This question might be rather academic. It is about patent litigation which is related to the US patent system.
If a patent owner thinks, his patent is being infringed, the patent owner may choose to sue the infringing party to stop his or her activities, as well as to receive compensation for the unauthorized use.
To initiate litigation, patent owner must file a complaint, listing the alleged infringer, the patent(s) allegedly infringed, the infringing products and request relief. This is as simple as filling out Form 18 provided by the US courts and filing it with a district court.
The defendant responds to the plaintiff's complaint by preparing an answer denying the allegations asserted against it, stating defenses to each claim asserted against it and usually asserting counterclaims.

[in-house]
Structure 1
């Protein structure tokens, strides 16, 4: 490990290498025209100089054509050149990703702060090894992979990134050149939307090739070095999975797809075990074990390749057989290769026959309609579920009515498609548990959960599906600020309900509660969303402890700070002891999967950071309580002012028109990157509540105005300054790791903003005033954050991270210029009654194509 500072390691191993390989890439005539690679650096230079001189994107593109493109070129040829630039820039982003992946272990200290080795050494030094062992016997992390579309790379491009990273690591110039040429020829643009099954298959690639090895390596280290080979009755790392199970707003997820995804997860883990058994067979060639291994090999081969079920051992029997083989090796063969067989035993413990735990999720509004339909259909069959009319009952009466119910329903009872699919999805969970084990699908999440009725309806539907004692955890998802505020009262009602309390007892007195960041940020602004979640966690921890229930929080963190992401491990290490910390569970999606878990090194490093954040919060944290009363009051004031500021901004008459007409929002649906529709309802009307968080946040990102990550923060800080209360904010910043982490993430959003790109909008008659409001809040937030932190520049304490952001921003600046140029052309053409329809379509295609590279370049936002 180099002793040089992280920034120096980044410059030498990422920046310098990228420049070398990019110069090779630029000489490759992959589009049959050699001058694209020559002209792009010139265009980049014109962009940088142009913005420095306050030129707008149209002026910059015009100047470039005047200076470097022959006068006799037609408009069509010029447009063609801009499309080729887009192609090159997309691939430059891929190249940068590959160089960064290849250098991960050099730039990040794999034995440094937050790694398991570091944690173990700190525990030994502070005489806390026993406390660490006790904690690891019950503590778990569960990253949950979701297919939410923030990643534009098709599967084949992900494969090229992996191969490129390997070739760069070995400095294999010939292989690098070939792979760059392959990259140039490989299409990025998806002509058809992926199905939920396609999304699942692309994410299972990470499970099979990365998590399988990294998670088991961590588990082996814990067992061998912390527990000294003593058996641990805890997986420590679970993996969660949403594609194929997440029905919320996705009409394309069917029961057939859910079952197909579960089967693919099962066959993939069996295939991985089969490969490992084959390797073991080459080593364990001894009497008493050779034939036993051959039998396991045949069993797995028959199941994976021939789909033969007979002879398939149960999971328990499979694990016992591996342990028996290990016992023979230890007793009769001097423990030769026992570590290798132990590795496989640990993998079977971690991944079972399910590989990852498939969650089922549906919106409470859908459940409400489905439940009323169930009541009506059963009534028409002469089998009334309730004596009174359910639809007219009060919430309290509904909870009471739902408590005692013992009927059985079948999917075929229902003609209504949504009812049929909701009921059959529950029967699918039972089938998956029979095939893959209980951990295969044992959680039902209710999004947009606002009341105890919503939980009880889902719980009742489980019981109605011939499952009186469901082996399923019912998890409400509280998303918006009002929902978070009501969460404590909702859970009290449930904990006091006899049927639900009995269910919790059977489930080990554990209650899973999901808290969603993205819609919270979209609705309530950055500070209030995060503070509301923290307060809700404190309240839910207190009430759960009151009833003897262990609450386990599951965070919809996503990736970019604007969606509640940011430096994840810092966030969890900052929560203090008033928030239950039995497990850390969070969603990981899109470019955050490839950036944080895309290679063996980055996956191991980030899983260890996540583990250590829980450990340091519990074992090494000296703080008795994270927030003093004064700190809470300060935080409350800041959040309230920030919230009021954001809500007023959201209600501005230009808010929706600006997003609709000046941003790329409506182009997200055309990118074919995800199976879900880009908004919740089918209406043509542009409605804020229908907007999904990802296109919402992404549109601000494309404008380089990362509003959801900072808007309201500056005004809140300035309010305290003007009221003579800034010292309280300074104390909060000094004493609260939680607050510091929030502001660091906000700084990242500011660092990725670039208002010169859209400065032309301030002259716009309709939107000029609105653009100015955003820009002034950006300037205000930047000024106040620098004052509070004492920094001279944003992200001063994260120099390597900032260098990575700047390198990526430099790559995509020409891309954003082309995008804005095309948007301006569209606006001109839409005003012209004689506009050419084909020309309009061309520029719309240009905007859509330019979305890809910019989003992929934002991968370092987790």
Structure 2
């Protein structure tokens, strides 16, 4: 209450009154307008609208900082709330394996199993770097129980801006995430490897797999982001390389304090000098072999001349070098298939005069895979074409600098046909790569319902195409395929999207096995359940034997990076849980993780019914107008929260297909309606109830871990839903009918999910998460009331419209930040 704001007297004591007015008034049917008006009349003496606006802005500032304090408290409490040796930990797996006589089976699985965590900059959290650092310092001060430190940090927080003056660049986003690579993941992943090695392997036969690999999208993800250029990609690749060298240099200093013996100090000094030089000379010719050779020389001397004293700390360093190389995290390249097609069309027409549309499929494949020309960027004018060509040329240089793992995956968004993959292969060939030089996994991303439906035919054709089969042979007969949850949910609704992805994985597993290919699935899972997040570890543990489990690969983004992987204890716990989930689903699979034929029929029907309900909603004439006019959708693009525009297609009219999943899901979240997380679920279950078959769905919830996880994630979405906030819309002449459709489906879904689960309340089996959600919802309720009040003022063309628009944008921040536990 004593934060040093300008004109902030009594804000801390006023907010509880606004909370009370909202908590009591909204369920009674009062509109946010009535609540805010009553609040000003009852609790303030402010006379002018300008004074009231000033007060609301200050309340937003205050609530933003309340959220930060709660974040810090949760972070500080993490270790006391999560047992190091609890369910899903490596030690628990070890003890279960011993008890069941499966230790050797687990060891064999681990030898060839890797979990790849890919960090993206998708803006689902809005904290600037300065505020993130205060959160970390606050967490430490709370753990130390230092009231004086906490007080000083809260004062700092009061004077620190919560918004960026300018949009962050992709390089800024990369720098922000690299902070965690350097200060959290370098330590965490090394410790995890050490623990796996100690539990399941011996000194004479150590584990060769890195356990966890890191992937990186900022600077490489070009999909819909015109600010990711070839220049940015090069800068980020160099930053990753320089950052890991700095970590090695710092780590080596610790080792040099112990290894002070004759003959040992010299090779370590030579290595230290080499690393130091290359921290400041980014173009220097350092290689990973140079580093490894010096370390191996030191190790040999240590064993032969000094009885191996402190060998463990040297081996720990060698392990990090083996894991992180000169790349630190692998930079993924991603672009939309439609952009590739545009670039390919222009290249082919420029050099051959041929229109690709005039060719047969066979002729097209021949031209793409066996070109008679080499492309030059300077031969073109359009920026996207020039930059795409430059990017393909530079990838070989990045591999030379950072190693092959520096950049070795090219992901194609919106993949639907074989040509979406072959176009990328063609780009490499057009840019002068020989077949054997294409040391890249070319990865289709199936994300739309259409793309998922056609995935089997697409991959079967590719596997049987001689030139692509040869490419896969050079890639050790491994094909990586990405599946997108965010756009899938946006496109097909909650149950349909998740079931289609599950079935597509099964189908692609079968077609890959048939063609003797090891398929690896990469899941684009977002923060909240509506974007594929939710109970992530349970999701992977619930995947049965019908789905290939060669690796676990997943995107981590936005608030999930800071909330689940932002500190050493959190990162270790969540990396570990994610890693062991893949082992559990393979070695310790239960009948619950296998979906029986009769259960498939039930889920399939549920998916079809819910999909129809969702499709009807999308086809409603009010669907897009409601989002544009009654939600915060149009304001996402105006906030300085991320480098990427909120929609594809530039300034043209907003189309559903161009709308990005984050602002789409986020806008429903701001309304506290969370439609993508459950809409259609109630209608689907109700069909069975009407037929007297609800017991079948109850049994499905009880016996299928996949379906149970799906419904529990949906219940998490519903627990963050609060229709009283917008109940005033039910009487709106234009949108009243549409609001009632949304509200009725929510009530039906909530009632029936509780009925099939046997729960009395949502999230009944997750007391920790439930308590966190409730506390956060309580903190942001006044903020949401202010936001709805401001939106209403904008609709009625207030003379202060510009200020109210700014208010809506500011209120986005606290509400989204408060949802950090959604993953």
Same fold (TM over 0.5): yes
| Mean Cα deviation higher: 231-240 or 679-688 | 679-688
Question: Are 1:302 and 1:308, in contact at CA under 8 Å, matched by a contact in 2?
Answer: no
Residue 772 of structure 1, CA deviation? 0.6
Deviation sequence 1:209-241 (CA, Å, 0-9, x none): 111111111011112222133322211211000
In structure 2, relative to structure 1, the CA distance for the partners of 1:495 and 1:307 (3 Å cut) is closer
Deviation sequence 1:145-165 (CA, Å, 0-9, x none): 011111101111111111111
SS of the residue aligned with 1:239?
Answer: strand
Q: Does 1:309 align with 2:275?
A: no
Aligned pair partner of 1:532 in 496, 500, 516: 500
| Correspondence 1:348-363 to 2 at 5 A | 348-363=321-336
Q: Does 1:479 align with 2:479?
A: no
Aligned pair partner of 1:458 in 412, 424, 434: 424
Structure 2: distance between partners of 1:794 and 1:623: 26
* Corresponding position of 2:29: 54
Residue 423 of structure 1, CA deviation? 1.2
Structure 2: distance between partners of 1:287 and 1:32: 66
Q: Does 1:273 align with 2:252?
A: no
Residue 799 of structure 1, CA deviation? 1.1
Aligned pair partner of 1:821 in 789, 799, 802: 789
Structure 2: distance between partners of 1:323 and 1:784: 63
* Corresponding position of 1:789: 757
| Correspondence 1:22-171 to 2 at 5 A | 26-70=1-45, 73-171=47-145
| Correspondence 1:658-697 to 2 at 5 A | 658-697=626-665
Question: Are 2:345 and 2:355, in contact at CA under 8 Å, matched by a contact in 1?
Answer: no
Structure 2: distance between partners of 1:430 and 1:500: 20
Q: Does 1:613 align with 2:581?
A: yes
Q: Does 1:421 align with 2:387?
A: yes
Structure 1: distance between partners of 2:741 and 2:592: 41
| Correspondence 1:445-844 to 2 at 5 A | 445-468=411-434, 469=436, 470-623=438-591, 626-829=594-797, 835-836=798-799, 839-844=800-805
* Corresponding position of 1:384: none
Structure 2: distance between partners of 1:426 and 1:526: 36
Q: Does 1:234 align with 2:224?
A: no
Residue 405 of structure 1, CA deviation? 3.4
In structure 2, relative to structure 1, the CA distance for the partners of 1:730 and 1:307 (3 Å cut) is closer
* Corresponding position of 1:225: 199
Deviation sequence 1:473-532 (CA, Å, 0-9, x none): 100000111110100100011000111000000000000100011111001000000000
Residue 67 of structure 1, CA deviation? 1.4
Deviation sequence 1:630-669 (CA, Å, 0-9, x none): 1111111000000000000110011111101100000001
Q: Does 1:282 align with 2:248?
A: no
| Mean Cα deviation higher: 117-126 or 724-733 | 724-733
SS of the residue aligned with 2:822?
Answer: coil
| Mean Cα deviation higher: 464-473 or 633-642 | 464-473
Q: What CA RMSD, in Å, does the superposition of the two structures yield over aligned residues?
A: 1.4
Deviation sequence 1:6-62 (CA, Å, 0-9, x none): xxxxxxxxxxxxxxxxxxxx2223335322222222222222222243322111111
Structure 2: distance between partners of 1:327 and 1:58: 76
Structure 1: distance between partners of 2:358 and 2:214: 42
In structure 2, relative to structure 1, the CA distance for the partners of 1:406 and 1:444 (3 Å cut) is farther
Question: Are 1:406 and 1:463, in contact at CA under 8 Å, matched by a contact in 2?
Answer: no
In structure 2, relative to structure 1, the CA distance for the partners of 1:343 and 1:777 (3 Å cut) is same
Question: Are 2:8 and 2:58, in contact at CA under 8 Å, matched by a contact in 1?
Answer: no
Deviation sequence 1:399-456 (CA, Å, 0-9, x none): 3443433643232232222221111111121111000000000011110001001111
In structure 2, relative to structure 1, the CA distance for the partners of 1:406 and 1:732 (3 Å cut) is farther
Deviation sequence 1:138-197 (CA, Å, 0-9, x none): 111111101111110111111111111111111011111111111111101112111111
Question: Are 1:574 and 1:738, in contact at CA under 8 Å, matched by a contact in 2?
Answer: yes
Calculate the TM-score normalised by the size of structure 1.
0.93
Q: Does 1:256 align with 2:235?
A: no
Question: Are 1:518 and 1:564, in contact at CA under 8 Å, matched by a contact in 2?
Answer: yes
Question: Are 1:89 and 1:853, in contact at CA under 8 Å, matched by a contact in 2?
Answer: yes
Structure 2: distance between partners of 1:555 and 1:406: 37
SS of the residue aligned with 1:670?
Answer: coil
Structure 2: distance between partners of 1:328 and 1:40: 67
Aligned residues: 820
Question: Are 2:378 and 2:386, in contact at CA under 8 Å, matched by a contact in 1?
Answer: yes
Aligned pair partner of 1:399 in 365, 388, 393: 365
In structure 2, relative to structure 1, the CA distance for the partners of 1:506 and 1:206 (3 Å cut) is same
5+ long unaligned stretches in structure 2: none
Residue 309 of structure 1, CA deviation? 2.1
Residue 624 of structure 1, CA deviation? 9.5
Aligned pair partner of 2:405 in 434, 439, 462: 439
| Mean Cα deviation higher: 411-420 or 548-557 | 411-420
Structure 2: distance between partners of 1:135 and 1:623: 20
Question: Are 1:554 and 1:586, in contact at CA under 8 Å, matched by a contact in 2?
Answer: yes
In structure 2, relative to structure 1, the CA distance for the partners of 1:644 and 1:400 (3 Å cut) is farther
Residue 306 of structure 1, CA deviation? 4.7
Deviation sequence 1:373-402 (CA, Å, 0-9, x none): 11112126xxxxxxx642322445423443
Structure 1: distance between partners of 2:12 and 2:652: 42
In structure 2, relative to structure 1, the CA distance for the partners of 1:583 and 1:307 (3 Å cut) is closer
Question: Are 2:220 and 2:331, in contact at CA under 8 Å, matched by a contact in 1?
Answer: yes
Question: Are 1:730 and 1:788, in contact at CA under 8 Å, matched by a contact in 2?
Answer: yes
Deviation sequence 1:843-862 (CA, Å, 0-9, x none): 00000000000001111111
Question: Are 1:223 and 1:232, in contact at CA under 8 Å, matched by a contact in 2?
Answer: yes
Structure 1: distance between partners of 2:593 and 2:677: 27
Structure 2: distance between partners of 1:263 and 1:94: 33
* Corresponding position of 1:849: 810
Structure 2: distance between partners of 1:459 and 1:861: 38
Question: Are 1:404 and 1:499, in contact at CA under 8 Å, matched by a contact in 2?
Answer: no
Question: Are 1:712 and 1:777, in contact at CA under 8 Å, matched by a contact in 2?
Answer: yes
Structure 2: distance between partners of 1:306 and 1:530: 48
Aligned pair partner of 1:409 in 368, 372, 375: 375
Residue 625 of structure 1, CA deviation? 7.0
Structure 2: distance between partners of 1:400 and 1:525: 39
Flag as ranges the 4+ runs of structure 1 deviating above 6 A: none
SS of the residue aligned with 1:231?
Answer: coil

Common defenses are:
- the complaint does not state a claim upon which relief can be granted.
- the products do not infringe the patents-in-suit (35 USC §282(b))
- the patents-in-suit are invalid
- ...and others...
According to FRCP rule 8, there are "defenses" and "affirmative defenses".
Affirmative defenses in nature admit the claims asserted by plaintiff but provide other facts which defeat or mitigate the legal consequences.
There are many answers to complaints where all defenses are listed in a section titled "affirmative defenses", also the non-infrigement defense e.g.:
But how can asserting "non-infringement" be an affirmative defense when the cause of action is infringement? "Non-infringement" is a defense, but a "non-affirmative" defense in my opinion.